May and June is our busiest time of year in terms of visitors and events that Hope Farm. We are yet to take a visitor on a walk since May without the sun beating down upon us, which could be both a positive and a negative. As a positive, in true British style, anybody coming along is pleased to make the most of any warmth outside as you never know if another 3 months of rain is hiding around the corner, but as a negative the visitors’ attention is perhaps harder to maintain with warm weather lending itself to a siesta rather than brain-engaging conversation. Despite this we have had a fantastic few months, sharing what we do and importantly learning from what many people have tried on their land as well.
In May we had a Fair to Nature training day, with 35 NSF auditors and farmers coming to top up their training as part of their membership, and to see what we do for wildlife on the farm. Fair to Nature is an accreditation scheme that rigorously ensures any farmer with this label on their produce puts land aside to look after nature on their farm. It was great to meet likeminded farmers, share a lot of knowledge from both sides, but also speak about the difficulties we have experienced during this late, wet spring and very dry summer, like every other farmer.
Fair to Nature Auditors and Farmer members in a turtle dove plot, hearing about our work to provide summer breeding habitats
Following the Fair to Nature training, the Lincolnshire Wildlife Trust came to look at how we manage the farm for wildlife with the company of Nicholas Watts. This proved to be another fruitful event for knowledge exchange and building up important relationships across organisations, and it is always to speak with people who came and saw the farm a few years ago, who have noticed the progress Hope Farm has made since their previous visit. Finally, we welcomed a group of farmers from across East Anglia to the farm. This was a diverse group from those of varying soil types, stages in their career, and aspirations for what species they wanted to conserve on their farm. A walk around to discuss our integrated pest management system, showing them the insects on the farm that we try to promote to help control aphid and other insect pest densities in our crop, followed by a well earnt lunch served as the perfect platform for engaging discussions about sustainably farming for wildlife.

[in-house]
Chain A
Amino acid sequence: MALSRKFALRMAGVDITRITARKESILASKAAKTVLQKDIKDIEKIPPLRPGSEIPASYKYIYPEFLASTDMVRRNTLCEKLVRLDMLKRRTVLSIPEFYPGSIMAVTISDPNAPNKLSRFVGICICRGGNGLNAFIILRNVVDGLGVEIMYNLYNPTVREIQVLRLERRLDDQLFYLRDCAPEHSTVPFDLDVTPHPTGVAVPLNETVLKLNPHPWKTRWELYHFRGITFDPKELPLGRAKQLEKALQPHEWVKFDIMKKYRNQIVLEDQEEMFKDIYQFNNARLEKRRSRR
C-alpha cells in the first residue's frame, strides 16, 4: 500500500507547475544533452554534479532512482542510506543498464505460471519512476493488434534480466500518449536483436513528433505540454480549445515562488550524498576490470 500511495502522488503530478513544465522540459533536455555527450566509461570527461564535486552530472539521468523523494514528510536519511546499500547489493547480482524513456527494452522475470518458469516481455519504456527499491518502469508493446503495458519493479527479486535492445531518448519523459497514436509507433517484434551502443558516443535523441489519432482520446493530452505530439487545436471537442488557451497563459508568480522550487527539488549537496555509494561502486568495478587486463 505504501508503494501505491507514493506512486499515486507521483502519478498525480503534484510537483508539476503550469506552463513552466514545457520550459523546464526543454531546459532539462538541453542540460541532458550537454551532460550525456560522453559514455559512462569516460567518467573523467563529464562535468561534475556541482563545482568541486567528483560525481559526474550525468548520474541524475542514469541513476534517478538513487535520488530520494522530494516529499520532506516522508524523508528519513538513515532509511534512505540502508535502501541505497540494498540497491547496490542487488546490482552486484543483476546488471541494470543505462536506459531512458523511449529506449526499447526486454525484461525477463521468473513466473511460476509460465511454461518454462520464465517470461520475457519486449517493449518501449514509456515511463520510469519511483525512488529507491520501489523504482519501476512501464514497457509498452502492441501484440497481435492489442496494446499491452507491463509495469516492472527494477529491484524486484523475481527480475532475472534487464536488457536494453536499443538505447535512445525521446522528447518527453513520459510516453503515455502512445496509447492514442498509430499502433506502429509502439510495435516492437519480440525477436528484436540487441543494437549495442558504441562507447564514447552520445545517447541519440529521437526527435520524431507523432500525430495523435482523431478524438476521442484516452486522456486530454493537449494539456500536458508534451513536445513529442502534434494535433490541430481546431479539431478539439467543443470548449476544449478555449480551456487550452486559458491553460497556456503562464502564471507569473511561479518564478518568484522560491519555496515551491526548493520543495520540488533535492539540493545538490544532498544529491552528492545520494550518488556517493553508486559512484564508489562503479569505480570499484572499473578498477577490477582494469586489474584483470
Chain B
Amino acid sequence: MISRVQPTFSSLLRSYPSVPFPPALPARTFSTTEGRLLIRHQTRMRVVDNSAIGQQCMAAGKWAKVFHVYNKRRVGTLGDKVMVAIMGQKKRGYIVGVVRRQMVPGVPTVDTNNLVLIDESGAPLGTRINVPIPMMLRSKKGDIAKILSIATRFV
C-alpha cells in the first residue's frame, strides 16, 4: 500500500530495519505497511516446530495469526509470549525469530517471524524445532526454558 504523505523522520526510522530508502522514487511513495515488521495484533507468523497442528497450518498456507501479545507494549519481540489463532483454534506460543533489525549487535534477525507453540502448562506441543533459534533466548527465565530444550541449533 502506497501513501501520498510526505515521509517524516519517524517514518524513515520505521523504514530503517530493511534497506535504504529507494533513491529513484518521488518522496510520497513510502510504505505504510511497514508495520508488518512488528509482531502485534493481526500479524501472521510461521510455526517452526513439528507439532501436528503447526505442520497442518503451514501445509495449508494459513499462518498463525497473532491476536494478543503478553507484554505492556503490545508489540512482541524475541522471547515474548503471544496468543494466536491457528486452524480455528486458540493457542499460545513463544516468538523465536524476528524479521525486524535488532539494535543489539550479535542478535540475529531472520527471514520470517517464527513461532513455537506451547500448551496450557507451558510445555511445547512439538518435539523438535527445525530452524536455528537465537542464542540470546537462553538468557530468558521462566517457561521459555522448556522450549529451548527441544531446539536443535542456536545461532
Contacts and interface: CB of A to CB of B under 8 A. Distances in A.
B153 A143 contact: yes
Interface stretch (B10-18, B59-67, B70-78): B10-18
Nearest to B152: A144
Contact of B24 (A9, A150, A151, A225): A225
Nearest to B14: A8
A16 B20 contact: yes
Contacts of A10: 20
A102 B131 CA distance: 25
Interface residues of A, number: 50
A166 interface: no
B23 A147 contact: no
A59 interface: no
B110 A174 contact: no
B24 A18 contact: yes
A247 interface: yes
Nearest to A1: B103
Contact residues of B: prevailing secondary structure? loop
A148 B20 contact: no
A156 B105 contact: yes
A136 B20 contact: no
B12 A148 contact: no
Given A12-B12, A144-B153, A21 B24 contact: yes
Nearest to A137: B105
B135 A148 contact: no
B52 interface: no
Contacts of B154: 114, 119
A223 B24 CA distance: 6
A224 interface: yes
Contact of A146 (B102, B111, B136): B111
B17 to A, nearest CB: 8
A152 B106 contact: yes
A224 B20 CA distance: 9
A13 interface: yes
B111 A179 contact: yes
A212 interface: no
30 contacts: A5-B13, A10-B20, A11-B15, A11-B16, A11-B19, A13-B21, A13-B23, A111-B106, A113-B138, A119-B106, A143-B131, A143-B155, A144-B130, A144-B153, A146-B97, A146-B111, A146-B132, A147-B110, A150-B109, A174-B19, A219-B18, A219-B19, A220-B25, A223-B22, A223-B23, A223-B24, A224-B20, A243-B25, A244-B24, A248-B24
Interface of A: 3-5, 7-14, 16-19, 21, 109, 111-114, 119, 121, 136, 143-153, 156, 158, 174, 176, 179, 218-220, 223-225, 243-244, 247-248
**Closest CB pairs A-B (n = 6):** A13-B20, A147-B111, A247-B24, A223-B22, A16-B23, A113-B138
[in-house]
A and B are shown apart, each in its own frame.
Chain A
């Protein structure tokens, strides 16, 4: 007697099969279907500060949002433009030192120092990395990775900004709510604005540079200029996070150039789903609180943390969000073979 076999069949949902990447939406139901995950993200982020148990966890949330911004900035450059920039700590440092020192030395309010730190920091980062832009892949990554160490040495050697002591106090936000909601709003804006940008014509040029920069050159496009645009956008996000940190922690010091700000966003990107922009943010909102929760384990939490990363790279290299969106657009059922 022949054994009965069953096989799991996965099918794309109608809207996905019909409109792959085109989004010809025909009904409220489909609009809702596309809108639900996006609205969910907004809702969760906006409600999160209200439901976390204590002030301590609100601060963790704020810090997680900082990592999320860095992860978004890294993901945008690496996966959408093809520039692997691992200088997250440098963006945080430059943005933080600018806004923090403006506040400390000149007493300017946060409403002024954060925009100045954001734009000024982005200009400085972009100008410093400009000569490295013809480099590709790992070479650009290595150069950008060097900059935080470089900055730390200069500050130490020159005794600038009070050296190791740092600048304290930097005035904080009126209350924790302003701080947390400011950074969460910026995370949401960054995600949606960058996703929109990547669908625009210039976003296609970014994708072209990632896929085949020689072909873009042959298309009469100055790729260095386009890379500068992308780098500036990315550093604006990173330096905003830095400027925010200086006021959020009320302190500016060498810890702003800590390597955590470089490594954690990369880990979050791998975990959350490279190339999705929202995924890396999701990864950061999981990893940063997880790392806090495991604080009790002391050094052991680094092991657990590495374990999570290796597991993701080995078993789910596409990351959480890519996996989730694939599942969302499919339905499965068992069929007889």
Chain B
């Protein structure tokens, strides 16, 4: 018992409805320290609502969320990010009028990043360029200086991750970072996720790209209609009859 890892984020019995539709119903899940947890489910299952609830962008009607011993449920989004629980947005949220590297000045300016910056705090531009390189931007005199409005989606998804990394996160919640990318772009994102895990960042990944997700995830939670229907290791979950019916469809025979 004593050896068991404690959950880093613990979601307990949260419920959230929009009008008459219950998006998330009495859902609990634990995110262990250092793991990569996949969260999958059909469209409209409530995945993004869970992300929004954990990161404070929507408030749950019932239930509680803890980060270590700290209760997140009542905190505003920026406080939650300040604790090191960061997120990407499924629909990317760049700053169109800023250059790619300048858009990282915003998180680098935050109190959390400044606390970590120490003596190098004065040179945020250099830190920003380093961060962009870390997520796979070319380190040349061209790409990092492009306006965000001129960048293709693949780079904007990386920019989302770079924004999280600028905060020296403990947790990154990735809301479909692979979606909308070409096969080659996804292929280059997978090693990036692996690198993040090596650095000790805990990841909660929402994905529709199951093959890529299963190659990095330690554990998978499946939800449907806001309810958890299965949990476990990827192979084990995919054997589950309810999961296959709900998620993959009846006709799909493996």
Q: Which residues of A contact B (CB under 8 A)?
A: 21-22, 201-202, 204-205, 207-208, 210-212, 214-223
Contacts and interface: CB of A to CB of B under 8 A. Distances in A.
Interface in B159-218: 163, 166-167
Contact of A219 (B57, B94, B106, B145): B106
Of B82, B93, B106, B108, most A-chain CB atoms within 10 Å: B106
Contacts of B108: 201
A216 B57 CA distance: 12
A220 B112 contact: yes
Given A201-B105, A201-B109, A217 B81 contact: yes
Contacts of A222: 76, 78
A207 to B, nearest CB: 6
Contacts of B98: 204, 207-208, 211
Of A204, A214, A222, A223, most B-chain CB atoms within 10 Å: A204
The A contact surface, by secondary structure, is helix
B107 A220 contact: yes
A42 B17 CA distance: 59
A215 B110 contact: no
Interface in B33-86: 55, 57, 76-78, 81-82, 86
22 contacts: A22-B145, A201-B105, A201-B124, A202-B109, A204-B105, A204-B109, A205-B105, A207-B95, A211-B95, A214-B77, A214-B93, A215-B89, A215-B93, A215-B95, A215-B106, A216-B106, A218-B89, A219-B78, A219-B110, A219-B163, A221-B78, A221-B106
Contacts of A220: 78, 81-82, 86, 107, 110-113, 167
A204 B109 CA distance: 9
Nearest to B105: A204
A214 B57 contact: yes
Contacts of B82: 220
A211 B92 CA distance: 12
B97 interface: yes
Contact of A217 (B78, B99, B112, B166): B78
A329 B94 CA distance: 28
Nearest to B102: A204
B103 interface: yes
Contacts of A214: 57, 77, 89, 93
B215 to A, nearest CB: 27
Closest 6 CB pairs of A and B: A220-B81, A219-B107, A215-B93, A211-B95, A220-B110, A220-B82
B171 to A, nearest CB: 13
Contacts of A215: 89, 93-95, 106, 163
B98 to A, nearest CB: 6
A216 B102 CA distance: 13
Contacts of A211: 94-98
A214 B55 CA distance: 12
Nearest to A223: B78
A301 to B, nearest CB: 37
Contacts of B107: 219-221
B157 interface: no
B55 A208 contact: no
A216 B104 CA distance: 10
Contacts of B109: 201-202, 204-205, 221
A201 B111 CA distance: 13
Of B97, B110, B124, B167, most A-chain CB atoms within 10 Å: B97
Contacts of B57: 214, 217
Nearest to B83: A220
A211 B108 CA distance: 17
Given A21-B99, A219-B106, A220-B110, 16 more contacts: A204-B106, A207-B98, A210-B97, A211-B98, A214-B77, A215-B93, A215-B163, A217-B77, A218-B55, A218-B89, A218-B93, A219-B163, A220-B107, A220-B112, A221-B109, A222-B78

Farmers from across East Anglia discussing the benefits of wildflower corridors through fields as part of an Integrated Pest Management system.
Aside from our LEAF Open Farm Sunday event on the second Sunday of June, we have been making the most of the sun with yet more visitors having a look at what we do for wildlife in agriculture. SEO Birdlife are working to conserve farmland birds, and in the Aragon region of Spain a 1000 hectare farm is demonstrating wildlife friendly farming to encourage others to do the same. It was very useful for both us and our visitors to compare notes of achieving similar goals in very different landscapes and cultures. More recently, the National Trust also joined us to see investigate higher nature status farming, and what it means to us.
Having visitors to the farm is a big part of our work as a demonstration of wildlife friendly farming. By opening the doors to anybody interested in our work and looking to see how they can use some of our methods to improve wildlife on their own land, we can fulfil one of main aims – to help create many more wildlife friendly farms in the wider landscape.
We spend 90% of net income on conservation, public education and advocacy
The RSPB is a member of BirdLife International. Find out more about the partnership
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